Saturday, October 31, 2009

Ruins of the Old Laurel Sanitarium

Halloween seems to be the appropriate day to go back to my older portfolio of paintings and post an image of this canvas, completed in 1991 when I was still living in Maryland. The subject is the remains of the main building on the grounds of the Laurel Sanitarium, an early 20th century mental hospital and farm that once operated in my hometown of Laurel, MD.

When I was young I lived on a street that bounded the sanitarium grounds. In 1964 the entire complex was razed in a controlled burn. My family sat in our front yard and watched as each structure was purposely set on fire. For six years after that day, the ruins stood empty and crumbling, and were easily accessible to me and my friends. My sister and I especially loved to ride our bikes on the old driveways and explore the derelict buildings, making up creepy stories about what might have taken place behind its walls.

In 1970 the grounds were finally bull-dozed over and a large department store and shopping center addition were built on the site. Over the years several apartments and housing complexes were constructed nearby, and today nothing remains that would ever indicate it even existed. This link, however, includes two photos of the sanitarium buildings circa 1910-1914. It was quite a bucolic setting in its heyday.

"Ruins of the Old Laurel Sanitarium." Oil on stretched canvas, 18 x 24 inches. Completed December 1991.

Sunday, October 25, 2009

"Hang It Up!" at the Gregg Museum of Art and Design

This past Thursday I attended the opening reception for the exhibit "Hang It Up!" at the Gregg Museum of Art and Design at NC State University (pictured above). As a staff member at the university, I was eligible to enter two works in this group show, which runs until December 21. I chose to include "Fourth and Montgomery" (just returned from the juried show at the Rocky Mount Arts Center) and "Biltmore." The exhibit turned out wonderfully, especially considering the huge variety of media represented. Kudos to the staff of the Gregg Museum for such a great job!

Saturday, October 17, 2009


Biltmore, the massive estate in Asheville NC created by George Washington Vanderbilt in the 1890s, has long been one of my favorite destinations. I've traveled to it many times, and each visit amazes and intrigues me. The magnitude of the mansion - America's largest private residence - is humbling, and its location in the Pisgah National Forest (also created by Vanderbilt) is spectacular. While expensive to tour, I feel it is worth every penny.

I have wanted to work on a series of canvases depicting Biltmore for nearly two years. This summer, I began the idea with the canvas seen above, simply entitled "Biltmore." It shows the main house in a severely cropped composition and highly simplified. While I wanted to capture the building's grandeur and immensity, I didn't want to create a sterile portrait. Rather, I hoped to imbue it with a feeling of lost luster and a haunting sense of mystery.

"Biltmore." Oil on stretched canvas, 28 x 34 inches. Completed June 2009.

Saturday, October 10, 2009

August Sunset

This is my most recent work, completed in August. Based on a house in Cumberland, Maryland, much of the composition is actually developed from my imagination. Rather than depict the structure in its original setting, a crowded Victorian neighborhood, I wanted to give it more of a feeling of loneliness and abandonment.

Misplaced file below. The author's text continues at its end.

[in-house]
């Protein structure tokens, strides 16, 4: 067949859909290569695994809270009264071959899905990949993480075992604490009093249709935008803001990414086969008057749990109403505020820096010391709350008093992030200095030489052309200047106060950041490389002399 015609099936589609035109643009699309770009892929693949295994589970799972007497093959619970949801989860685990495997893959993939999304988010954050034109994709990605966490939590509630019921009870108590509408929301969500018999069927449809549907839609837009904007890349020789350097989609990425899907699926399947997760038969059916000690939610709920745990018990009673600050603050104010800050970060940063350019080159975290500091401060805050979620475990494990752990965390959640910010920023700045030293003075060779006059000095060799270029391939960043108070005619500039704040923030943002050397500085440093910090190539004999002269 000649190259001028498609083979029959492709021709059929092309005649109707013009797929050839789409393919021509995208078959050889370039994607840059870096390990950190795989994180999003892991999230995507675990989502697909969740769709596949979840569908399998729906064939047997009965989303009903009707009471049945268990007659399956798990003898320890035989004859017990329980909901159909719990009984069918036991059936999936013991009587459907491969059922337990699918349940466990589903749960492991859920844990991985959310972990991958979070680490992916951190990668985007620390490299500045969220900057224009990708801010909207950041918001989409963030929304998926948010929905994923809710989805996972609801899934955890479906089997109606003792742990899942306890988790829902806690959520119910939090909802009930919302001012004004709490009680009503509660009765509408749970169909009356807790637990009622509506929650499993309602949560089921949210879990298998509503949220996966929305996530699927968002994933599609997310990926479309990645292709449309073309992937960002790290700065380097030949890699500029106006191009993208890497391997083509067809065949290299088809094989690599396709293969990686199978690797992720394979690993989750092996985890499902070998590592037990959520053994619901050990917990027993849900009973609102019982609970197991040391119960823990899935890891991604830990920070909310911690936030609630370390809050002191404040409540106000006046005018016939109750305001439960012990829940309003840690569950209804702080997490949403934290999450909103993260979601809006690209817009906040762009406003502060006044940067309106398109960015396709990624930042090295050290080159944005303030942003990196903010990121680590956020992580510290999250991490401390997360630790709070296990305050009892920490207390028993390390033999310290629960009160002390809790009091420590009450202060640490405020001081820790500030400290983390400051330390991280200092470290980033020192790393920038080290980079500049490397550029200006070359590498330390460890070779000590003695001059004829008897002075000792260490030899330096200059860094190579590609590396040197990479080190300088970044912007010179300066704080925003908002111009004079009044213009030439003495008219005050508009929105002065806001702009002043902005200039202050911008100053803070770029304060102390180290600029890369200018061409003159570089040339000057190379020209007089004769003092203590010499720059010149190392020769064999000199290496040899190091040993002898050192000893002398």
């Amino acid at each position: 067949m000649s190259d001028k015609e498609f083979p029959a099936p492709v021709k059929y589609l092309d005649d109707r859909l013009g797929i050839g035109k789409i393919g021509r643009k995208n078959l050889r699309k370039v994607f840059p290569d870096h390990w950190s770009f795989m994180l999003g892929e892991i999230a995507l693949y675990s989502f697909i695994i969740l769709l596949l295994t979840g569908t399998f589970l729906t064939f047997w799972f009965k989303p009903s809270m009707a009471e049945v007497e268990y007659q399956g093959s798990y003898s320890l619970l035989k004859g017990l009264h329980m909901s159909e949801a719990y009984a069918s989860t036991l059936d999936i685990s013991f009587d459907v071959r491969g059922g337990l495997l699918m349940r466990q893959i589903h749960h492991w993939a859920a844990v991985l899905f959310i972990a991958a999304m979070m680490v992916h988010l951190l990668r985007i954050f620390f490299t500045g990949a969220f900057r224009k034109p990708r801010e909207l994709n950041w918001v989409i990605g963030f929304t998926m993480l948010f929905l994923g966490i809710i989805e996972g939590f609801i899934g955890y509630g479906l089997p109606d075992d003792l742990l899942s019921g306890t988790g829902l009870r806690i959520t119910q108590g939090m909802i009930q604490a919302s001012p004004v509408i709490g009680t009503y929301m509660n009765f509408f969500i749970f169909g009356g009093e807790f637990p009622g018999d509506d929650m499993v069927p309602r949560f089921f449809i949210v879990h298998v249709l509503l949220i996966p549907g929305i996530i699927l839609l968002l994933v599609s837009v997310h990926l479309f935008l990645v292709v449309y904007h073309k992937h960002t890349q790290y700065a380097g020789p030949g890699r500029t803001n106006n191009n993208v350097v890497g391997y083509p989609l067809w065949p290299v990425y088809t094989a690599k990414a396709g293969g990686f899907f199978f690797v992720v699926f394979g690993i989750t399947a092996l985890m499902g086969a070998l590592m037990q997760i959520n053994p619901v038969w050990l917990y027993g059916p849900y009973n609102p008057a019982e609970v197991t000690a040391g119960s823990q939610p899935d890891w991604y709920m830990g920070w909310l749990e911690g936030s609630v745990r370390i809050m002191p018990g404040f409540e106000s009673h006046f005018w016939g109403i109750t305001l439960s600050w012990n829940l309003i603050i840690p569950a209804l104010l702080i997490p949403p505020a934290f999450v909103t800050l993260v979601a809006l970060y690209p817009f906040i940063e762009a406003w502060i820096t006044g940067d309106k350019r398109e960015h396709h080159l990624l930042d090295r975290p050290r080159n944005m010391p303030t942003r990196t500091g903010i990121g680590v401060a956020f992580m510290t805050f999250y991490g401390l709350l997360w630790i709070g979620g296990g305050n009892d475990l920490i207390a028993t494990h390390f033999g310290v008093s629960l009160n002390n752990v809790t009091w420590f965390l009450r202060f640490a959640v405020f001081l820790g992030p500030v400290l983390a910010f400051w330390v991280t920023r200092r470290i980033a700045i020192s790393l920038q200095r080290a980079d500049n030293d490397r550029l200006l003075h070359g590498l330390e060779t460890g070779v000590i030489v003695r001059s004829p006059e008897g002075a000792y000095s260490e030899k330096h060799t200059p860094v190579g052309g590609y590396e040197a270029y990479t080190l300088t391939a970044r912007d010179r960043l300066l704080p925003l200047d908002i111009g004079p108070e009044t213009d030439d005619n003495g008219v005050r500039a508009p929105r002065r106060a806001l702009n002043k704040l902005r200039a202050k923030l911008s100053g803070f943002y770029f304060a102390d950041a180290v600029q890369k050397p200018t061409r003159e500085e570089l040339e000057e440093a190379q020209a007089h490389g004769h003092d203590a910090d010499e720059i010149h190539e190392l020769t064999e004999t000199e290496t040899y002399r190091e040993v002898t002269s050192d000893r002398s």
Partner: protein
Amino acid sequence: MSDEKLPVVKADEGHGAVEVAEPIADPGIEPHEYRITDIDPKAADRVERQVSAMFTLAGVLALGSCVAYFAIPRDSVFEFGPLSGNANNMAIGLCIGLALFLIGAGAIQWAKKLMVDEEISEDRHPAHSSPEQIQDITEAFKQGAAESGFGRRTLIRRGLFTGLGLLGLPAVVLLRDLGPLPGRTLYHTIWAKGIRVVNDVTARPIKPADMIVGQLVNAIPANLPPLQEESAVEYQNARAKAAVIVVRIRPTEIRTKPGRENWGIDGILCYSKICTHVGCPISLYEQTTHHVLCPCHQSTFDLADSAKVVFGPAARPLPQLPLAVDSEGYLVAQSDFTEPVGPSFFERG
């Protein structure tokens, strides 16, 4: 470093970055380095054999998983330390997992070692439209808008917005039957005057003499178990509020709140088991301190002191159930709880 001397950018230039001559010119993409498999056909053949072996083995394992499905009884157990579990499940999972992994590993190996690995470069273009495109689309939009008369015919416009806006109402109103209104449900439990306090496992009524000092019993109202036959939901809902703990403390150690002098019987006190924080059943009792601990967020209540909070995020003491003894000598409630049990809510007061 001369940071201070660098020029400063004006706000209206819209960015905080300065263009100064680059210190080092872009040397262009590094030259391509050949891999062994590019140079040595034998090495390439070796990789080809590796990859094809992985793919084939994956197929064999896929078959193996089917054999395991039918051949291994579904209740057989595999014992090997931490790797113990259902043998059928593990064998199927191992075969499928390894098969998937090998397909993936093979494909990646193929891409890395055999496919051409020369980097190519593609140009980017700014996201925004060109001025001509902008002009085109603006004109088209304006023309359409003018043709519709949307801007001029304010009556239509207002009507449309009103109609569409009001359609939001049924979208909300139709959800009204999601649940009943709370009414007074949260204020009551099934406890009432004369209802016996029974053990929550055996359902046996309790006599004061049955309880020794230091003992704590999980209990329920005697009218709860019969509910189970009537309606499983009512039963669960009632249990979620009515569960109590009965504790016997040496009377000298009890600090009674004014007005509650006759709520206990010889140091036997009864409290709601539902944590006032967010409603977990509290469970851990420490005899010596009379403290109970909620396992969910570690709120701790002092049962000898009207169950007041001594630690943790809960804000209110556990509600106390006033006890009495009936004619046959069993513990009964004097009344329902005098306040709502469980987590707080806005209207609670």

I chose this painting as the front piece on the exhibition postcard for my upcoming solo show at the Horace Williams House in Chapel Hill, NC. The exhibit will run from December 6 to 23 and coincides with the Preservation Society of Chapel Hill's Holiday Home Tour. Hopefully my architectural works will provide an appropriate backdrop to the tour groups that will begin and end at the Society's headquarters.

"August Sunset." Oil on stretched canvas, 24 x 30 inches. Completed August 2009.

Thursday, October 1, 2009

South on Allegany

My sabbatical from painting has continued in September. While I didn't plan this break, I think I must have needed it emotionally and creatively. Although I haven't been working on new pieces, I have continued to stimulate myself artistically.

On September 19 I visited the Nasher Museum of Art at Duke University to see the new exhibit "Picasso and the Allure of Language." Picasso, and cubism in general, has never held a strong attraction for me, but this exhibit was interesting in that it explores his relationship with writers (especially Gertrude Stein) and displays lithographs and published illustrations that are not typical of Picasso's main stream body of work.

I also attended an artist's reception for Susan Parrish at the Horace Williams House in Chapel Hill on September 27. This is the same location that will host a solo show of my work in December. Ms. Parrish is a potter and collage artist, and it was very helpful to gain a sneak peak at an opening prior to my own. Today I am going to finalize the invitation for the show in Chapel Hill, and I'll post the final copy in a future post.

The painting above, "South on Allegany," was completed this past spring. It is another in a series of canvases I have produced this year that depict street scenes and structures in Cumberland, Maryland. This work will likely be displayed in my 2010 exhibition at the Raleigh Municipal Building.

"South on Allegany." Oil on stretched canvas, 24 x 30 inches. Completed March 2009.